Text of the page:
Identity management has had a chequered history at InfoSec. Some years, most of the Gartner MQ vendors are exhibiting, whilst other years, not so much. Why do I think that is? Well, for me it’s quite simple, I don’t see traditional IDM as a security problem. Yes, when done properly, IDM can reduce risk, but I see IDM as a business-driven project. However, I think the role of IDM is changing. Identity can no longer be treated as a standalone project. Looking at the bigger security challenges, Identity forms a crucial part of broader security monitoring and enforcement solutions. On Thursday at the event, we had Oracle’s Group Vice President for Security, Rohit Gupta, introduce Oracle’s Identity Centric SOC, looking at how we re-think traditional security monitoring tools by putting Identity at the centre and using Identity to drive security decisions and responses across all platforms, both on-premise and in the cloud. The Identity SOC framework is Oracle’s answer to delivering the next generation of SOCs, addressing the shortfalls of traditional SOCs using the latest technological innovations such as machine learning.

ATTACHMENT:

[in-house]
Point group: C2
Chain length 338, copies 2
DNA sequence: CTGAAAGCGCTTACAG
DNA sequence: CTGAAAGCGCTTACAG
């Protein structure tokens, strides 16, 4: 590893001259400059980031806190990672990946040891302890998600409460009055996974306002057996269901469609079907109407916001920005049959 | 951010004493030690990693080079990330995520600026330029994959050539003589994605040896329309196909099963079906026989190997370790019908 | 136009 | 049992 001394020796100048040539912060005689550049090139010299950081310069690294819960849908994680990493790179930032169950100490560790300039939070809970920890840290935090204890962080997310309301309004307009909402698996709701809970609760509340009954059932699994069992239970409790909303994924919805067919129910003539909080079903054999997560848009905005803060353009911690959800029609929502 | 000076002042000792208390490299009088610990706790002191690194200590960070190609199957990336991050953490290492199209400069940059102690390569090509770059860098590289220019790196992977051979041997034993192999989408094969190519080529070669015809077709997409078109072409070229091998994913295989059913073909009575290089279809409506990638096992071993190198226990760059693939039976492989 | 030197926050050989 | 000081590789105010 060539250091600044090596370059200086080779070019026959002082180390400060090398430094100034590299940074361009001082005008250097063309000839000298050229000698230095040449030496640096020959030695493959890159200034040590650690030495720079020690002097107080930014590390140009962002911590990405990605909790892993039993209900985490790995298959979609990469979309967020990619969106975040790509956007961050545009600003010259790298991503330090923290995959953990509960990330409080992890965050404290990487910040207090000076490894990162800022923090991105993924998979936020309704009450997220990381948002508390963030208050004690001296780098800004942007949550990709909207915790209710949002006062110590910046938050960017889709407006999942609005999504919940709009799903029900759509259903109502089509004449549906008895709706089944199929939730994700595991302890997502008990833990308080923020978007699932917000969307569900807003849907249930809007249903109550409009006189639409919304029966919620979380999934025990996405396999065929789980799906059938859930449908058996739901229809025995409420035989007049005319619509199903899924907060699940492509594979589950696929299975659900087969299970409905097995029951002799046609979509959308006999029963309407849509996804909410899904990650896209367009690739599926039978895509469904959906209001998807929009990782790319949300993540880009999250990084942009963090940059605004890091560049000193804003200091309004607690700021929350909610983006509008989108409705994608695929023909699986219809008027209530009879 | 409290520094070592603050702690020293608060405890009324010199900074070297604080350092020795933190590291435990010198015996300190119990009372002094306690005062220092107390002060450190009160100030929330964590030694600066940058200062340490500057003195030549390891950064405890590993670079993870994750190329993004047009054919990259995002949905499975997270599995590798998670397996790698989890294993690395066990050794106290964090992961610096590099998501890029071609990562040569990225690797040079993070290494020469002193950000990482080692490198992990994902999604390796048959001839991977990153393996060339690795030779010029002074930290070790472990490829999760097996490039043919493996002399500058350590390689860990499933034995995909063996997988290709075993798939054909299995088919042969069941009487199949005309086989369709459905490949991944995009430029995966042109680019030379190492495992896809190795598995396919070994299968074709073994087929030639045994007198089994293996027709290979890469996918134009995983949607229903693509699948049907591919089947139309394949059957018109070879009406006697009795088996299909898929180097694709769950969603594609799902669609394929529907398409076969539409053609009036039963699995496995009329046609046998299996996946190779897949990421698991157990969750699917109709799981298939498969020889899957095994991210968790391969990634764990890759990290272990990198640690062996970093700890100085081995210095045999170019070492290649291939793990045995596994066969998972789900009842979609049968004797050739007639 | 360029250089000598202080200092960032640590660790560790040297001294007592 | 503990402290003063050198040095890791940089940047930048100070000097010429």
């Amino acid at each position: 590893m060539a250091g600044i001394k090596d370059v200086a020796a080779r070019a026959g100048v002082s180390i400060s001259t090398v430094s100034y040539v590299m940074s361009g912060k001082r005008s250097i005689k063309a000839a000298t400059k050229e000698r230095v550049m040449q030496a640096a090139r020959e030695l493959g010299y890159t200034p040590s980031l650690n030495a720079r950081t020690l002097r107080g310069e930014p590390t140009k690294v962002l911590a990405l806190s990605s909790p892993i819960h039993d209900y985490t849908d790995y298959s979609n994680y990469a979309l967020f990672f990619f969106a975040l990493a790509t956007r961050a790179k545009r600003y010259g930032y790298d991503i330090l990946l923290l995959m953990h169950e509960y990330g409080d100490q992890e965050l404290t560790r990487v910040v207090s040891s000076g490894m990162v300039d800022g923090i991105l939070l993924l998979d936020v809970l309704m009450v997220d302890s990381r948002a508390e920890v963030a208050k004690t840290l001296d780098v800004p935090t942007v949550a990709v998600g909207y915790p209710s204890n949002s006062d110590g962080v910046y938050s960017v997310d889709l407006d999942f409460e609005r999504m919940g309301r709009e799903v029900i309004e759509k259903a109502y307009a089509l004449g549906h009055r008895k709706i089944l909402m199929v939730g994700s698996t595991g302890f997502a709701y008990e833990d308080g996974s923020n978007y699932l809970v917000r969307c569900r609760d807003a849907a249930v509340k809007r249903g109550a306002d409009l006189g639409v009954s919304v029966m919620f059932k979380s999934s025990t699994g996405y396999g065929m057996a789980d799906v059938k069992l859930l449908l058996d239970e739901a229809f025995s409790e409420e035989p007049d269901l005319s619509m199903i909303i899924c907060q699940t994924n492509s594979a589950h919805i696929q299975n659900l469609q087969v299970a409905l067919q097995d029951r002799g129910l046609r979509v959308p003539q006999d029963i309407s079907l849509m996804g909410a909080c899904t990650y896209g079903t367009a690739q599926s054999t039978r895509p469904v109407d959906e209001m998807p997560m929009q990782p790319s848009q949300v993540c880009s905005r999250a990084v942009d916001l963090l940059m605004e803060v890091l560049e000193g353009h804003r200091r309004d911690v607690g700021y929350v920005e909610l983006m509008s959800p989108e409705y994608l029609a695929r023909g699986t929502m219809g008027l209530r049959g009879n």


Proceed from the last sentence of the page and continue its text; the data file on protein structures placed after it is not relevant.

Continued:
3.      Cloud Security

Following on from the previous theme of Identity SOC, many customers have solutions in place for monitoring and controlling usage of on-premise applications, however, the same controls don’t exist for cloud-based services. I spend most of my time talking to customers about their cloud strategies. We know most organizations are already on the cloud journey, whether dipping their toe in the water, or already adopting a full cloud-first strategy. However, we also know that security in the cloud is still one of the main concerns of C-level executives. We were talking about our Cloud Access Security Broker, how it can deliver against a new set of cloud security requirements, and how it forms a key part of the previously mentioned Identity SOC framework.

 4.      Oracle Cloud Security